Before Tim could react, Cinco shot him in the head. As the officers lay on the ground Cinco towered above. He shot them over and over again before opening the back door to Tim’s police car and telling the girls to climb out and run away with him. They scurried away and cowered under a park bench instead.

As Officer Gary Mitrovich neared the entrance to the park, he heard the shots and saw two officers on the ground. He couldn’t see Cinco or his friend, Victor Casillas, until they popped their heads up from behind Ruopp’s police car. Cinco fired, wounding Mitrovich in the shoulder. Mitrovich shot off part of Cinco’s ear as the gunman ran toward a wooded area of the park.

SWAT officers found Cinco hiding in a patch of shrubbery. The man who’d told friends he’d never go back to jail gave up without a fight. He later hanged himself in prison.

Subsequent dissection of this and other police murders revealed the need for “contact and cover” tactics. Officers were allowing their attention to be diverted, with deadly consequences. One officer needed to conduct all enforcement actions while the other watched and protected.

On March 31, 1985, just six months after the murders of Tim Ruopp and Kimberly Tonahill, Chief Kolender knocked on Charlie Riggs’ door, obliged to rescind the promise he’d made the night Cinco murdered the sergeant’s son-in-law—that he’d never again ring Charlie’s doorbell with such devastating news.

That afternoon, Tom Riggs had responded to a radio call initiated by fellow police agent Donovan Jacobs. Jacobs intended to stop a truck occupied by several black males who matched the description of suspects who’d brandished a gun in an incident earlier that day.

After initiating the stop, Jacobs asked the driver, Sagon Penn, for his driver’s license. Penn thrust his wallet at Jacobs.

Following SDPD department policy, Jacobs asked Penn to take the license from the wallet and hand it to him. Jacobs grabbed Penn by the shoulder as he walked away in defiance. Penn started to fight, the two fell to the ground, and a volatile neighborhood crowd gathered.

When Tom Riggs arrived, he snatched his baton from his gun belt to fend off the festering crowd while a female ride-along by the name of Sarah Pena Ruiz sat in his car’s front passenger seat. Sagon Penn yanked Jacobs’ gun from his holster, shot Jacobs in the neck, and fired three times at Riggs while Jacobs lay on top of him. The third bullet ruptured Riggs’ abdominal aorta and killed him. Like his brother-in-law a few months before, Tom had no time to react to the deadly threat.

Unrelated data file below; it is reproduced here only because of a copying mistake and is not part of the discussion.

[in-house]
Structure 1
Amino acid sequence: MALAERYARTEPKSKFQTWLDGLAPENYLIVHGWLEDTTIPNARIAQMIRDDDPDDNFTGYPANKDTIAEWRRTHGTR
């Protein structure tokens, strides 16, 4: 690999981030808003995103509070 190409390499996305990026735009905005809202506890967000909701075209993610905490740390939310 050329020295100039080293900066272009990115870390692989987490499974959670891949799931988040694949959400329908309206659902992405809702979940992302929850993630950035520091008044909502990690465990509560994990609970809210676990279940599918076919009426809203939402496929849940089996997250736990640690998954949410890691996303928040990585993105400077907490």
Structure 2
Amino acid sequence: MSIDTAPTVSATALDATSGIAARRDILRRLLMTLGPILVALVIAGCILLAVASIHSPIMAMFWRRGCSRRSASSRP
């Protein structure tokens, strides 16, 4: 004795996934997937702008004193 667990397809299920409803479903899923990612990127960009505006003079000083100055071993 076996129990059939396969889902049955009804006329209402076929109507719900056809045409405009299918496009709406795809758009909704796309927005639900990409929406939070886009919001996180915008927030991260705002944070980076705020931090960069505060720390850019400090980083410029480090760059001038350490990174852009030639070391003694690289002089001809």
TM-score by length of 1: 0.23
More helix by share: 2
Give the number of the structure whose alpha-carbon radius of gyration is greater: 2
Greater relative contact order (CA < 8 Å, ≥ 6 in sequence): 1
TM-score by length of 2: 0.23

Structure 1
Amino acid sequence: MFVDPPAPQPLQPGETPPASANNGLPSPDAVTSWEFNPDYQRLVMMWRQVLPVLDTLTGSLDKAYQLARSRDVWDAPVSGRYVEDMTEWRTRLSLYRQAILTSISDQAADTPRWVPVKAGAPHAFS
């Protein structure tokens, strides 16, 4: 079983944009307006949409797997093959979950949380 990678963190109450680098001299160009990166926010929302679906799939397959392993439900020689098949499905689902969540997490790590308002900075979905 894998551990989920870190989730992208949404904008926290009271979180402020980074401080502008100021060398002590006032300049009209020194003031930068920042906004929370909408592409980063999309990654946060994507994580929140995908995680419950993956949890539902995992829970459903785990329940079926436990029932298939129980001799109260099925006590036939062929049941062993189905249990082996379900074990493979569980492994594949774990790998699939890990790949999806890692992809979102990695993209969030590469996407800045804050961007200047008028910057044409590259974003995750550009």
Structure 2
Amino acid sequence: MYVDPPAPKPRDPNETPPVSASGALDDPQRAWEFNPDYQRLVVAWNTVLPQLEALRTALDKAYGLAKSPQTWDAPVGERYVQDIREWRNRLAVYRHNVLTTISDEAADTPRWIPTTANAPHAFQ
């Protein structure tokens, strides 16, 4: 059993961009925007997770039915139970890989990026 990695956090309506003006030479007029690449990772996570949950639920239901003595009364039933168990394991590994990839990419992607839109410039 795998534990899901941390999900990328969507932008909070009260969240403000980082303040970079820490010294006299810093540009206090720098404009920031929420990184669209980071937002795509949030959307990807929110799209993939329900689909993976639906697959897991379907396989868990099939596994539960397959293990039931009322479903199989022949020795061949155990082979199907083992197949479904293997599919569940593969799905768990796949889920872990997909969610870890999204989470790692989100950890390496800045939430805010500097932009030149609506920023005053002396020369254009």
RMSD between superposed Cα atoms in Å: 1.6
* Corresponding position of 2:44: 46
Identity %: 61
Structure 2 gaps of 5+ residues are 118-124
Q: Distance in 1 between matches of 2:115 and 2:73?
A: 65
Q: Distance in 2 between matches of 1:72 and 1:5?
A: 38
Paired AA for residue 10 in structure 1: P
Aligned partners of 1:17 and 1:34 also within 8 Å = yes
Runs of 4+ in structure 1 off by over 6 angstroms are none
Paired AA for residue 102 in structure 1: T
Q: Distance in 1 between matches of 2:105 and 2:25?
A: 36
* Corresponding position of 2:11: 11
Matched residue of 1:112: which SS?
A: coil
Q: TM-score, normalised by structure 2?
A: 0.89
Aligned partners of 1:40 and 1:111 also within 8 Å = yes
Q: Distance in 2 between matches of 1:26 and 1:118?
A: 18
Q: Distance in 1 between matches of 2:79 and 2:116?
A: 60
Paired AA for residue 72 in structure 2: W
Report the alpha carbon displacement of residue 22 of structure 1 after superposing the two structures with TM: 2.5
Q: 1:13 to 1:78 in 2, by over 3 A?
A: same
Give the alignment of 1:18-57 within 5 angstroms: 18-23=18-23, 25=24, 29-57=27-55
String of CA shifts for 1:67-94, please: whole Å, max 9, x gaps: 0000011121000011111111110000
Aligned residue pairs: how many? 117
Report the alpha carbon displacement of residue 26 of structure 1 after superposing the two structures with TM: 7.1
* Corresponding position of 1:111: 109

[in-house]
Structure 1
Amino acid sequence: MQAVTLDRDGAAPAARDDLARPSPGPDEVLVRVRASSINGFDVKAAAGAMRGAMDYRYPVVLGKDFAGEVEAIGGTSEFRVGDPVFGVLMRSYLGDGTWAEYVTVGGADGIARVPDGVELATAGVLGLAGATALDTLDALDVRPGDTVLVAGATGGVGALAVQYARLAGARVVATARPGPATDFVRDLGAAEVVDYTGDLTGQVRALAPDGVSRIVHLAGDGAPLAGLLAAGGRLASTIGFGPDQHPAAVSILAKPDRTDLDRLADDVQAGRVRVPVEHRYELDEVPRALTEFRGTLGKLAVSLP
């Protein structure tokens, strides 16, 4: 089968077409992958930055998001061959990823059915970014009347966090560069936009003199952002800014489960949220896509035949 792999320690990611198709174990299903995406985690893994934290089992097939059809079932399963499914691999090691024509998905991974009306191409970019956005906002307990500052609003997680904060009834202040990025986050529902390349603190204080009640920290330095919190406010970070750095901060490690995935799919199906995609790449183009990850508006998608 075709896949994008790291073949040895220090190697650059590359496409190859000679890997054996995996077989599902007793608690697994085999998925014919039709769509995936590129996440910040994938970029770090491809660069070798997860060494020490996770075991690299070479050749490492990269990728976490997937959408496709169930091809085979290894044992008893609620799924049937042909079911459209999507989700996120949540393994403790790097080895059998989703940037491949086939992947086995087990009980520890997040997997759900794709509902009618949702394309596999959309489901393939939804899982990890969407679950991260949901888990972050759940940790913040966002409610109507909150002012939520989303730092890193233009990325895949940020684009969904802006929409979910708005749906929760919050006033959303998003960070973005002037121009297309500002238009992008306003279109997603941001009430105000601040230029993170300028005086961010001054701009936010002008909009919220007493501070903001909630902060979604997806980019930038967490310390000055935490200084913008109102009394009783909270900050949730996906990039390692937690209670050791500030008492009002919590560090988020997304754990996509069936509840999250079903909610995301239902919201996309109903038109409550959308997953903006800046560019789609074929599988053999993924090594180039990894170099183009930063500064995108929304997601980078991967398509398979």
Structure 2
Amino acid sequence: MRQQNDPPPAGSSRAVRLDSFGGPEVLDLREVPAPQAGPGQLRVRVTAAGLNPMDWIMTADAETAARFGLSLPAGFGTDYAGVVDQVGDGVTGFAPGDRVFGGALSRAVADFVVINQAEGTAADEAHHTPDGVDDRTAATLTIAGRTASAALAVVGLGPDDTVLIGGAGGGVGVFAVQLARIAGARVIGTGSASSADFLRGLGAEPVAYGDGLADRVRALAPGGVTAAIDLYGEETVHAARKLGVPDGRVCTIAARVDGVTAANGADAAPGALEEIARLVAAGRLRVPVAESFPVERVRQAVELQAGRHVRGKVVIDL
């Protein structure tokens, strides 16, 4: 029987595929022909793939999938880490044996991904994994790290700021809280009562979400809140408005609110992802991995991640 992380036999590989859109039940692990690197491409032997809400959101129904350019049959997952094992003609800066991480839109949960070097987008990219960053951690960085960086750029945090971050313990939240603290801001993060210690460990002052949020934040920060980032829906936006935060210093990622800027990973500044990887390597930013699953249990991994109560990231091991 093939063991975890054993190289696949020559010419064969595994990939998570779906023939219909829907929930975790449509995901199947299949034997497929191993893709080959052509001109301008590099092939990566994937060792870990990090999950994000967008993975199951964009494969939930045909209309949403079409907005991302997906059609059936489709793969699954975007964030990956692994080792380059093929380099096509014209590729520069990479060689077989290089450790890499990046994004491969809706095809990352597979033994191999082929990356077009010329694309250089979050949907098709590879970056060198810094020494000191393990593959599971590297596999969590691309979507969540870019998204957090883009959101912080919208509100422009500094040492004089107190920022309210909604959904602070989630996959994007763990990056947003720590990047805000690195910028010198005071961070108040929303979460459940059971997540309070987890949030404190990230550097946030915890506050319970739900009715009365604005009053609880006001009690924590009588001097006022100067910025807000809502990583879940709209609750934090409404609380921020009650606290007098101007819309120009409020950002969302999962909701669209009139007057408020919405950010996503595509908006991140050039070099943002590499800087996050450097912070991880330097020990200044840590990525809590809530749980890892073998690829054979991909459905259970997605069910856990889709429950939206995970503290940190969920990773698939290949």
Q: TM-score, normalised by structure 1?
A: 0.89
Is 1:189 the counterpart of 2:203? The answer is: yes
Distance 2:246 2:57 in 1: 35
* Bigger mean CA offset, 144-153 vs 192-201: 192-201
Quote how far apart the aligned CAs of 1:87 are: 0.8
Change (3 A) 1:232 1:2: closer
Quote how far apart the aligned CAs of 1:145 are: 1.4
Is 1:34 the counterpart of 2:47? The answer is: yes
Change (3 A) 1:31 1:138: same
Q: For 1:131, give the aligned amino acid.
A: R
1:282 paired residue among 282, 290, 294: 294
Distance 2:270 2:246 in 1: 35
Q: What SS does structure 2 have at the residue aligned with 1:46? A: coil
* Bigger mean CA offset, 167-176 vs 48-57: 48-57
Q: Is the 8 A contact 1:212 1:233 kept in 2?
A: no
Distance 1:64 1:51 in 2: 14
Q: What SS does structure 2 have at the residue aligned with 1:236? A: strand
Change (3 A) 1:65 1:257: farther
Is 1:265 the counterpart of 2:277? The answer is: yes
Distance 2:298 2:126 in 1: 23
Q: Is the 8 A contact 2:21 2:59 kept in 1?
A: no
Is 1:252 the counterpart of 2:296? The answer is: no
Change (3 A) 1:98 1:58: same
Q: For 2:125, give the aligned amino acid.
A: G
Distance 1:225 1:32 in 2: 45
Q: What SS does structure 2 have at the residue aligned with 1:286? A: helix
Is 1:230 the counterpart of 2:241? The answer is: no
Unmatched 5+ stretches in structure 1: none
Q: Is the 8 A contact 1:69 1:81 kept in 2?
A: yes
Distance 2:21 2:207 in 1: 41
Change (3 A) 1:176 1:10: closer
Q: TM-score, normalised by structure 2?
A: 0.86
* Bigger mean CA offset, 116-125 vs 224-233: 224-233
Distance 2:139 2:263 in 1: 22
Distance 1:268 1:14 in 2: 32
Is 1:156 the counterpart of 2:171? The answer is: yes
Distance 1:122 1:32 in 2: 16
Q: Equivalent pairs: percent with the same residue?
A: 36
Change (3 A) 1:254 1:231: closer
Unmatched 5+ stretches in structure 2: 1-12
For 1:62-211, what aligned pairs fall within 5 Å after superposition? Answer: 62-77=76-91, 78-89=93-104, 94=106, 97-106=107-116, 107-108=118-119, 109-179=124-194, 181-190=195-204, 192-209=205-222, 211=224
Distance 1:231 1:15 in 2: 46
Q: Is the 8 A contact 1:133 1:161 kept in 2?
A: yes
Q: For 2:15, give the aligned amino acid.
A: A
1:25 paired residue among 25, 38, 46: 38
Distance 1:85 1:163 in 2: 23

Penn walked to the front of Riggs’ police car and shot twice through the windshield, hitting Pena Ruiz both times. Out of bullets, Penn knew where to find another gun. He yanked Tom’s revolver from his holster before climbing into Donovan Jacobs’ police car, driving over Jacobs’ wounded body, and driving away.

Remarkably, during the course of two trials, Penn achieved acquittal on some charges and benefited from hung juries on those remaining. Penn’s attorney, Milton Silverman, successfully depicted his client as a victim of unnecessarily aggressive police tactics who’d shot Jacobs, Riggs, and Pena Ruiz in self-defense and had to drive over Jacobs to get away.

His court triumphs didn’t lead to a happy life. On July 4, 2002, Penn, like Cinco, committed suicide.

The on-duty murders of Tim Ruopp, Kimberly Tonahill, and Tom Riggs, together with the wounding of Gary Mitrovich, Donovan Jacobs, and Sarah Pena Ruiz, comprised only part of the spate of deadly police encounters in the 1980s. But Tom’s death forced the horrifying recognition that San Diego’s cops needed a better way to do their jobs if they wanted to go home at the end of their shifts. Kolender and Stamper made a commitment to do whatever was necessary to address officer safety, beginning with forming an officer safety task force in April 1985. The twenty-two-week task force required 60,000 personnel hours and made 119 recommendations in a 111-page report released in December of 1985.

Although initially rejected, the task force’s recommendations to toughen up the officers’ image by painting the patrol fleet black and white and dressing patrol officers in dark blue uniforms eventually took hold. The new cars hit the streets in 1988, and the officers driving them wore dark blue uniforms with elaborate patches beginning in 1995.